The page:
How I Design my Travels

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You boarded the plane, got to your dream destination, and you’re free to do anything. Maybe you landed in a different country. What do you do? How do you begin your journey? What do you want to see? How do you get the most of your trip? What do you want to learn? What is your goal? All these questions pop up in my head before or during trips. In fact, they determine the travel style. Here is how I roll to enjoy my travels.

Mission-Driven Traveling

In the past I would travel to see the world. I simply enjoyed the process of exploring new places. These days that doesn’t cut it. Having visited dozens of countries, similarities are apparent. I came up with the idea of mission-driven traveling.

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Before going on a trip, I set the goals. I want to get something of the trip to grow as a person. I try to learn and experience new things instead of merely walking and taking pictures. For example, I recently visited Cayman Islands. Sure, I could have lied on the beach sipping margaritas. Would that make me a better man? Probably not. Instead, I signed up for a scuba diving course to become a certified diver. Did that enrich my life? Certainly. I got a chance  to challenge myself, to learn a new skill, and to appreciate the richness of marine life. The nice beach was an added bonus.

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Fallback Plan

I don’t make detailed plans for each day of the trip. I make a general list of cool things to check out. Most of the information comes from WikiTravel. I augment the list with clubs/parties that seem like good time. If possible, I group all the items by proximity to minimize the transit time between places. I split the list into chunks; each chunk corresponds to one day. I put the split list into the calendar to fill my travel days. That’s my fallback plan. If nothing else happens, at least I have a list of places to check out and things to do. If something better comes up, I ignore the list.

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Embracing the Culture

Besides learning something new, my main focus is to experience another culture. The best way of doing that is to stay and hang out with the locals. When I’m hosted by a local, I try to see the world through their eyes. I live according to their schedule and customs. There is no need to wake up early, or to be in a rush to see a dozen of places in one day. I take it slow as if I were at my home. Oftentimes, I would sacrifice sightseeing for local activities, such as learning to paint, picking oranges, fishing, or learning to cook a local dish.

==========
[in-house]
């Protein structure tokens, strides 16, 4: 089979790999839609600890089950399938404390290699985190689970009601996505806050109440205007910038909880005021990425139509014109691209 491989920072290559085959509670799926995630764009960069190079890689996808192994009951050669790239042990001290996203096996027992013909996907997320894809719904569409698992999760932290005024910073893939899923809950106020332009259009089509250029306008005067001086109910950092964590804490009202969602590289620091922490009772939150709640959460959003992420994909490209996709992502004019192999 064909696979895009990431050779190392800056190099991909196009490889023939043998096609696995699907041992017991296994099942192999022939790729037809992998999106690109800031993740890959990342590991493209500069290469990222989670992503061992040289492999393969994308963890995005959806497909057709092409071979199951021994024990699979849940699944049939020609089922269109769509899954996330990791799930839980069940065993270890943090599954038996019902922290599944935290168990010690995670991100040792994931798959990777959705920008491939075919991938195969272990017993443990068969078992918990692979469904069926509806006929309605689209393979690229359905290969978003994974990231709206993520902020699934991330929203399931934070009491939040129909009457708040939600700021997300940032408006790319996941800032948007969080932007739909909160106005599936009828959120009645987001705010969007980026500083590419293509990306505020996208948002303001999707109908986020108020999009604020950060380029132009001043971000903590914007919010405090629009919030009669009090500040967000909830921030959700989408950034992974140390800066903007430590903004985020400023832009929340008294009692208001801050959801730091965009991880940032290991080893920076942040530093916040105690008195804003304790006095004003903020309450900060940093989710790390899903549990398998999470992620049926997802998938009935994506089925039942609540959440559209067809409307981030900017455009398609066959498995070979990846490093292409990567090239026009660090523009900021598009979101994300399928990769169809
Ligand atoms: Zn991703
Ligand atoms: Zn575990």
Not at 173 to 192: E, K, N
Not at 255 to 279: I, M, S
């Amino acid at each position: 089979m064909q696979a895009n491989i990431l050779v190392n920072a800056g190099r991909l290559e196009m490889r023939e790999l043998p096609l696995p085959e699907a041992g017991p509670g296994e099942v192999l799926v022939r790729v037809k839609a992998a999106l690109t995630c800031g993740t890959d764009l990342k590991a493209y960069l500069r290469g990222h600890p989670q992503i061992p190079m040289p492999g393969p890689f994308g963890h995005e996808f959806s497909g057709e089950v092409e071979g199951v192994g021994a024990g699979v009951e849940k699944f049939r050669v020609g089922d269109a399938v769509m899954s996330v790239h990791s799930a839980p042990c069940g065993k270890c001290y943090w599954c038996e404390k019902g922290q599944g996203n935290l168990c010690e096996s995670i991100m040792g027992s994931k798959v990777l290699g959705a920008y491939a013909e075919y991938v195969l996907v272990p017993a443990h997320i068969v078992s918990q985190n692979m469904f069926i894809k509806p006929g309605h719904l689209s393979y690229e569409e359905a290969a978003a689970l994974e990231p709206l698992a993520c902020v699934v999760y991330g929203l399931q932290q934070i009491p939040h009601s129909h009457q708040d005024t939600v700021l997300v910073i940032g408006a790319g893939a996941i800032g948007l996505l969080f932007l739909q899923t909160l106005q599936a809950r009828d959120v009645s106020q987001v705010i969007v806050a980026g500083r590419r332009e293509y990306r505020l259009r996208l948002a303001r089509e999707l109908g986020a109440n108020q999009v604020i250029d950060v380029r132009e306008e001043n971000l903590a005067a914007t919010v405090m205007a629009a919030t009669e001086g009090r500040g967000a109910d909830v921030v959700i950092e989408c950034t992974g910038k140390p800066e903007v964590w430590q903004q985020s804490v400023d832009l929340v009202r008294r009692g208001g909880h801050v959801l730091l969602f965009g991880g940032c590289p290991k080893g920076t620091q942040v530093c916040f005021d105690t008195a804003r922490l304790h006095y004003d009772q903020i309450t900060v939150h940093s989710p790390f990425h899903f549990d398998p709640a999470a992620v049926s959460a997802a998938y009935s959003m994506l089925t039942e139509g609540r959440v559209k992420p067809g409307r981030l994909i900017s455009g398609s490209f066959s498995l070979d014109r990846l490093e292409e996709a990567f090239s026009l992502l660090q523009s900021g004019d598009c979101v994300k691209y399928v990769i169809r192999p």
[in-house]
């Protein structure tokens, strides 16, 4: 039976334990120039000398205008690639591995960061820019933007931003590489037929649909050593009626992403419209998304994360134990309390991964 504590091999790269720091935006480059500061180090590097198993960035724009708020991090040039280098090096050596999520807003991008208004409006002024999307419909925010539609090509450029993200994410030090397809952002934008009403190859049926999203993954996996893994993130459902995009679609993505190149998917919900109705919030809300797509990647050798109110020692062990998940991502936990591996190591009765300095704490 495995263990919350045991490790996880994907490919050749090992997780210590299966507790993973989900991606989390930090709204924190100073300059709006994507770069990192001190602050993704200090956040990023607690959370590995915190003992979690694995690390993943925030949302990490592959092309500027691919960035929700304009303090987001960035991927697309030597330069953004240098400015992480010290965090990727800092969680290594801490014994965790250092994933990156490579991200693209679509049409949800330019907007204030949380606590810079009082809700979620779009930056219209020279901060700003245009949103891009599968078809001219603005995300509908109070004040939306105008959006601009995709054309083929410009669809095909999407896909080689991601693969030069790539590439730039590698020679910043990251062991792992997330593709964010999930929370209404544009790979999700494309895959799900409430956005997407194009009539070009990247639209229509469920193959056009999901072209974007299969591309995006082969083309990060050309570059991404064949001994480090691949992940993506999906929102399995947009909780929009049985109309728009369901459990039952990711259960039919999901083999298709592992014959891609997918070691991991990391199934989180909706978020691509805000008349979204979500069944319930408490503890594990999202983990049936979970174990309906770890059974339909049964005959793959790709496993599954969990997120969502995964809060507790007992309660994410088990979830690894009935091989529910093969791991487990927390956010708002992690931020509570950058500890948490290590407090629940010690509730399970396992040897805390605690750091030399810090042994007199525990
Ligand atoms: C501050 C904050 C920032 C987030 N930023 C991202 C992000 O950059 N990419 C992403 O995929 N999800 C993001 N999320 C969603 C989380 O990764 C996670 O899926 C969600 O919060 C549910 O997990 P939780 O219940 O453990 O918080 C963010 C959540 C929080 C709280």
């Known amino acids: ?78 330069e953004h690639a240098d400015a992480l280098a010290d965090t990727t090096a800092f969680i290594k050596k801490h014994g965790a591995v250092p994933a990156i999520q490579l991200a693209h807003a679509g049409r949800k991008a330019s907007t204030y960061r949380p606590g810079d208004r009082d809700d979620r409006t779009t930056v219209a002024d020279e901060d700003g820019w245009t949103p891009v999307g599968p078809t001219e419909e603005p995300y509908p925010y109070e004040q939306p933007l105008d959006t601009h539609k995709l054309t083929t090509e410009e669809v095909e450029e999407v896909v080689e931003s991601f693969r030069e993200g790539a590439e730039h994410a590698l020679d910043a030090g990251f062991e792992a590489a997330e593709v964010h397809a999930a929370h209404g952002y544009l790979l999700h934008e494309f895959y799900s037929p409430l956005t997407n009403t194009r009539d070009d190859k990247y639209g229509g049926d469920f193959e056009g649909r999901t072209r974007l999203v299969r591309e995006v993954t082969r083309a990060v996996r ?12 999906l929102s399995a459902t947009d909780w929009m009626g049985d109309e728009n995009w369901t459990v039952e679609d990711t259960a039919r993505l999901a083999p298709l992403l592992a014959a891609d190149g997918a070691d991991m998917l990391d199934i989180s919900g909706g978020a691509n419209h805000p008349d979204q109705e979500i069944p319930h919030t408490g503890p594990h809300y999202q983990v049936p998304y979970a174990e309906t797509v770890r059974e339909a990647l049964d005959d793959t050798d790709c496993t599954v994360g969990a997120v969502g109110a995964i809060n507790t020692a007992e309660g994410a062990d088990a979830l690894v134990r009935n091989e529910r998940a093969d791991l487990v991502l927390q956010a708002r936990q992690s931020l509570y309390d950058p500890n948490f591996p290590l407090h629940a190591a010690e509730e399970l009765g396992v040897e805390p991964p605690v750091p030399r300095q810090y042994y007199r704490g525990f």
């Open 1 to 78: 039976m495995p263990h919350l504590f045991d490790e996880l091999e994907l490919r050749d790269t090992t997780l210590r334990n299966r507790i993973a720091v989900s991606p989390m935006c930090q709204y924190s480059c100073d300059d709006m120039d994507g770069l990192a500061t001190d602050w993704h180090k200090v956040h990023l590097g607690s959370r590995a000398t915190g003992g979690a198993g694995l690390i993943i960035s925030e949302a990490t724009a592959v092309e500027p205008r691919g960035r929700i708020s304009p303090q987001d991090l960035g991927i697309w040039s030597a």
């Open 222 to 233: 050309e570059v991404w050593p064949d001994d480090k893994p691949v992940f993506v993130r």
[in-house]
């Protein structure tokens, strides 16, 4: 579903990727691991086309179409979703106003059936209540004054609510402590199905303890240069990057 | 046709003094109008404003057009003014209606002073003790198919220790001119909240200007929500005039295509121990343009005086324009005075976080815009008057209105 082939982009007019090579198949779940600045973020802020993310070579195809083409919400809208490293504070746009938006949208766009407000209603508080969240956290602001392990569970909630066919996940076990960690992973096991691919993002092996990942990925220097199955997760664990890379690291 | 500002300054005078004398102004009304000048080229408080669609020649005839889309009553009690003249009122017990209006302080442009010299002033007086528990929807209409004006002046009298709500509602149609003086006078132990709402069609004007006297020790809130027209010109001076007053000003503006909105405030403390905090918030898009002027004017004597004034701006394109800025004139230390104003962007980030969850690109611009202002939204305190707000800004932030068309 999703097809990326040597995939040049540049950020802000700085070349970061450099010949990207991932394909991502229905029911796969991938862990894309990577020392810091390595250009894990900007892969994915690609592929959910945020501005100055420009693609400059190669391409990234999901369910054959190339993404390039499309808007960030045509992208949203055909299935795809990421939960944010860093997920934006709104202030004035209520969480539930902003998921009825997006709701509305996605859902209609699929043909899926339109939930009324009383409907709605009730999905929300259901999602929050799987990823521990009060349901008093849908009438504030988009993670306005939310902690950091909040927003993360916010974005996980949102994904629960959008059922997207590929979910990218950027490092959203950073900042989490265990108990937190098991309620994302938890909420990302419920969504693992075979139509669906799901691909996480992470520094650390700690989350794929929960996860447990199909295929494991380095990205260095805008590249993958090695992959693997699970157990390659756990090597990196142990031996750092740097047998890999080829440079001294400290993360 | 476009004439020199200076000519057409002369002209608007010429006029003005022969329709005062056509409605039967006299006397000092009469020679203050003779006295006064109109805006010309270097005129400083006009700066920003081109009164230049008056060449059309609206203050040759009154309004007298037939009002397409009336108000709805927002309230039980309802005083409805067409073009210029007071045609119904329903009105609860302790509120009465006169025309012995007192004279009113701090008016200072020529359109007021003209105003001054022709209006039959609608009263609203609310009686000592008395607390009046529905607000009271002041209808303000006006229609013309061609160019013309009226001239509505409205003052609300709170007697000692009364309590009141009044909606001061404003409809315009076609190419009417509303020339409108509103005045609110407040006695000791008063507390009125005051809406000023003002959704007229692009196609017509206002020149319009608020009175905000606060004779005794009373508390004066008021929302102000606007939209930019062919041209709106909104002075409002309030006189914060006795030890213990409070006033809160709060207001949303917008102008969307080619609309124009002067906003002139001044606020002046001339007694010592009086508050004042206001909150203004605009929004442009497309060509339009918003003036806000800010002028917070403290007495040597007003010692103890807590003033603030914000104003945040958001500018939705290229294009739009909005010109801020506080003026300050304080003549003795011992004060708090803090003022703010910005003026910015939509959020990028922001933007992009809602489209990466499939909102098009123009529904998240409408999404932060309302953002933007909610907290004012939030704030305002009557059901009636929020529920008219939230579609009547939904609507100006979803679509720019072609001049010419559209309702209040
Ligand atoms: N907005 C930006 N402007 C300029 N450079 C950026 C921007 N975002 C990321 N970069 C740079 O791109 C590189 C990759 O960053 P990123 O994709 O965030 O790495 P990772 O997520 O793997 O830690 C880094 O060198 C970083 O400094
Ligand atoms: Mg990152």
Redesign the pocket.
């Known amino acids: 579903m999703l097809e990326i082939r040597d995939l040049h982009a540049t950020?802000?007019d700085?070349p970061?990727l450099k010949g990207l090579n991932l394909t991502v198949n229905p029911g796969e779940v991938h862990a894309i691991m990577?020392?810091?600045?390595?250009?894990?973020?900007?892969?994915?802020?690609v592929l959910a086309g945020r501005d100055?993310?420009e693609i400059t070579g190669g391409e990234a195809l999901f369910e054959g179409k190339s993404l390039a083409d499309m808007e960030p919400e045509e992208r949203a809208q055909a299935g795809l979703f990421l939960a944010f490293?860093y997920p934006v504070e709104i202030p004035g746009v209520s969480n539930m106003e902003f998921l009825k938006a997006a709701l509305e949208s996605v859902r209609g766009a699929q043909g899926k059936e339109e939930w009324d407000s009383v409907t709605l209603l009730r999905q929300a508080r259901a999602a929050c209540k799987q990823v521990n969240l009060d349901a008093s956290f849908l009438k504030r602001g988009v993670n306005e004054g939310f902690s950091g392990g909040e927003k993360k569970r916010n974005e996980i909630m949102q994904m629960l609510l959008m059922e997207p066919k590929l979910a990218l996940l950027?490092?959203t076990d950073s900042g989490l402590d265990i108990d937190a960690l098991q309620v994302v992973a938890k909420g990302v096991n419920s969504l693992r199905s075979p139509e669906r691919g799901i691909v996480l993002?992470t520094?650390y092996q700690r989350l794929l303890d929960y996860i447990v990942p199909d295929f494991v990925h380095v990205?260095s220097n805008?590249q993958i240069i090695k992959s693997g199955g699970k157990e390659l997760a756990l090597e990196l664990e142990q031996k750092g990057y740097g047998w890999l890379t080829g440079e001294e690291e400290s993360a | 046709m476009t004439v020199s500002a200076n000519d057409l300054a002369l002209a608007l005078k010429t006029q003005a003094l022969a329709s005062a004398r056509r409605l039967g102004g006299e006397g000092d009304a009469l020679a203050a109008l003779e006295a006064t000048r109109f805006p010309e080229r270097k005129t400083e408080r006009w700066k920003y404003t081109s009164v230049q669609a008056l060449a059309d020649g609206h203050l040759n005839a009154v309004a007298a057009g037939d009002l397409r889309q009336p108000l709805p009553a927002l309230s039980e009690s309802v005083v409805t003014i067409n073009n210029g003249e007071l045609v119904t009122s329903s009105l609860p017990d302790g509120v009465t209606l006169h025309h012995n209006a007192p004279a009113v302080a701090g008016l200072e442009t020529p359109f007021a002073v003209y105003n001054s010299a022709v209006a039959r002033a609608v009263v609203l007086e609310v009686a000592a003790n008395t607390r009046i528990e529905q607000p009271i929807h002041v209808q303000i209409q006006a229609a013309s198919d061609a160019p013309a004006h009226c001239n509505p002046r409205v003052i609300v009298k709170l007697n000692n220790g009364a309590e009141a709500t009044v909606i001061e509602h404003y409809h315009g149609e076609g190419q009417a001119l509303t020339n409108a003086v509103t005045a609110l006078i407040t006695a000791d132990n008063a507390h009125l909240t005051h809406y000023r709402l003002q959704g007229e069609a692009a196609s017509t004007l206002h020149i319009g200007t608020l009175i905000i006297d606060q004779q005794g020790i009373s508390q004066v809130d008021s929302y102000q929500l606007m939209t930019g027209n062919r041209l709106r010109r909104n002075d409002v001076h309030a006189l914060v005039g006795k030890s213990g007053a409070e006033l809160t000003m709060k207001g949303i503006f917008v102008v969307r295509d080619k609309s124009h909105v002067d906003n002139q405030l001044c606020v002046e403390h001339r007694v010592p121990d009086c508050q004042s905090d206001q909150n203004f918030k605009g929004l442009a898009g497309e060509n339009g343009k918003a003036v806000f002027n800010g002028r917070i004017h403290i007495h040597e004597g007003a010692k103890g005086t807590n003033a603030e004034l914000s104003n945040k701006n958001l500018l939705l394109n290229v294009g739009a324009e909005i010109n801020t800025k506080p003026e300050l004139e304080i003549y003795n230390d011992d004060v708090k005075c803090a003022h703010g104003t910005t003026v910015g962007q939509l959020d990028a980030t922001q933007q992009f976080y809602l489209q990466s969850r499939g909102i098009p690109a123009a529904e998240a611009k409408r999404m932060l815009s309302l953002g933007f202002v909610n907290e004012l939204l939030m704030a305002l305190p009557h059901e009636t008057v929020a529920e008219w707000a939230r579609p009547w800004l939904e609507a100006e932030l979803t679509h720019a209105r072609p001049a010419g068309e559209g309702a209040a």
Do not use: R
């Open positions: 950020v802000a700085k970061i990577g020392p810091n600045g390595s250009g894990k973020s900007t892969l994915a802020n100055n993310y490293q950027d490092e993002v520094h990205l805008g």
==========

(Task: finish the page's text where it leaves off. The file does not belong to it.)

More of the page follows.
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When it comes to food and drinks, the more local, the better. Often, good food can be found in small places that tourists never get to see. For example, in the Bahamas, conch salad from small food stands is the way to go. In Porto, I learned to make delectable portonic drinks using Port wine. The cool thing is that you can later serve those drinks all over the world. People are always happy to taste something new. Especially if I tell them the story behind the drink.

Making the Locals Like You

When in Rome do as Romans do, but with some innovation. I think I am pretty good at making the locals like me. I tend to smile, look into eyes, and be very easygoing. Learning few phrases in the local language is a big plus. I like to play on cultural stereotypes. It shows the locals that I understand their culture, but also that I can joke about it. Who would ever hate such a person?

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Here are some examples of how I played with local cultures. When we went to Scotland, we were wearing towels that resembled kilts, cheap Scottish bonnets, and shitty bagpipes. In Brazil, I learned some entertaining phrases from popular songs and dropped them here and there in the conversation. In Jamaica, we learned some slang and were endorsing their rum, Jamaica’s finest, and dancehall. When the locals see you trying hard to be one of them, all they can do is to smile and accept you. Worst case, some may ignore you, but hostility is not an option.

mtl

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